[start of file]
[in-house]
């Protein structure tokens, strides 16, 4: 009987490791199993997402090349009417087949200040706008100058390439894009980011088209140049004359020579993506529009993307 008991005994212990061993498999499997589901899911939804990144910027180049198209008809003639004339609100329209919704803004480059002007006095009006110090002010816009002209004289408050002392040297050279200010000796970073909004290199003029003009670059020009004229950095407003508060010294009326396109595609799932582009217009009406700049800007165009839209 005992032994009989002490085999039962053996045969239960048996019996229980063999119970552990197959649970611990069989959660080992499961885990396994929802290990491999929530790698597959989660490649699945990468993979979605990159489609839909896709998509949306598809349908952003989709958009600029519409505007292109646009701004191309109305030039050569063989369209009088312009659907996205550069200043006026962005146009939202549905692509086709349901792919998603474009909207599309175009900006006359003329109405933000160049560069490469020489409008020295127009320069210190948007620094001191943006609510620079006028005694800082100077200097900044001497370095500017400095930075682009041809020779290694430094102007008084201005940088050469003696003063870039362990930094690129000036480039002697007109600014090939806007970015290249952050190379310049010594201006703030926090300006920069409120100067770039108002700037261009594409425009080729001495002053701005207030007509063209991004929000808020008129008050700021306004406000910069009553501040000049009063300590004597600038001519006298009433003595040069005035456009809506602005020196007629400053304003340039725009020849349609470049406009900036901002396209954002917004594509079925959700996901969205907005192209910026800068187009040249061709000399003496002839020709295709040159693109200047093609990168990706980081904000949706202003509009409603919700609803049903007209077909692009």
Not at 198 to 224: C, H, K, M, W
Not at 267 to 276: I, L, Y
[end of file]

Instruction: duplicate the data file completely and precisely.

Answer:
[in-house]
């Protein structure tokens, strides 16, 4: 009987490791199993997402090349009417087949200040706008100058390439894009980011088209140049004359020579993506529009993307 008991005994212990061993498999499997589901899911939804990144910027180049198209008809003639004339609100329209919704803004480059002007006095009006110090002010816009002209004289408050002392040297050279200010000796970073909004290199003029003009670059020009004229950095407003508060010294009326396109595609799932582009217009009406700049800007165009839209 005992032994009989002490085999039962053996045969239960048996019996229980063999119970552990197959649970611990069989959660080992499961885990396994929802290990491999929530790698597959989660490649699945990468993979979605990159489609839909896709998509949306598809349908952003989709958009600029519409505007292109646009701004191309109305030039050569063989369209009088312009659907996205550069200043006026962005146009939202549905692509086709349901792919998603474009909207599309175009900006006359003329109405933000160049560069490469020489409008020295127009320069210190948007620094001191943006609510620079006028005694800082100077200097900044001497370095500017400095930075682009041809020779290694430094102007008084201005940088050469003696003063870039362990930094690129000036480039002697007109600014090939806007970015290249952050190379310049010594201006703030926090300006920069409120100067770039108002700037261009594409425009080729001495002053701005207030007509063209991004929000808020008129008050700021306004406000910069009553501040000049009063300590004597600038001519006298009433003595040069005035456009809506602005020196007629400053304003340039725009020849349609470049406009900036901002396209954002917004594509079925959700996901969205907005192209910026800068187009040249061709000399003496002839020709295709040159693109200047093609990168990706980081904000949706202003509009409603919700609803049903007209077909692009």
Not at 198 to 224: C, H, K, M, W
Not at 267 to 276: I, L, Y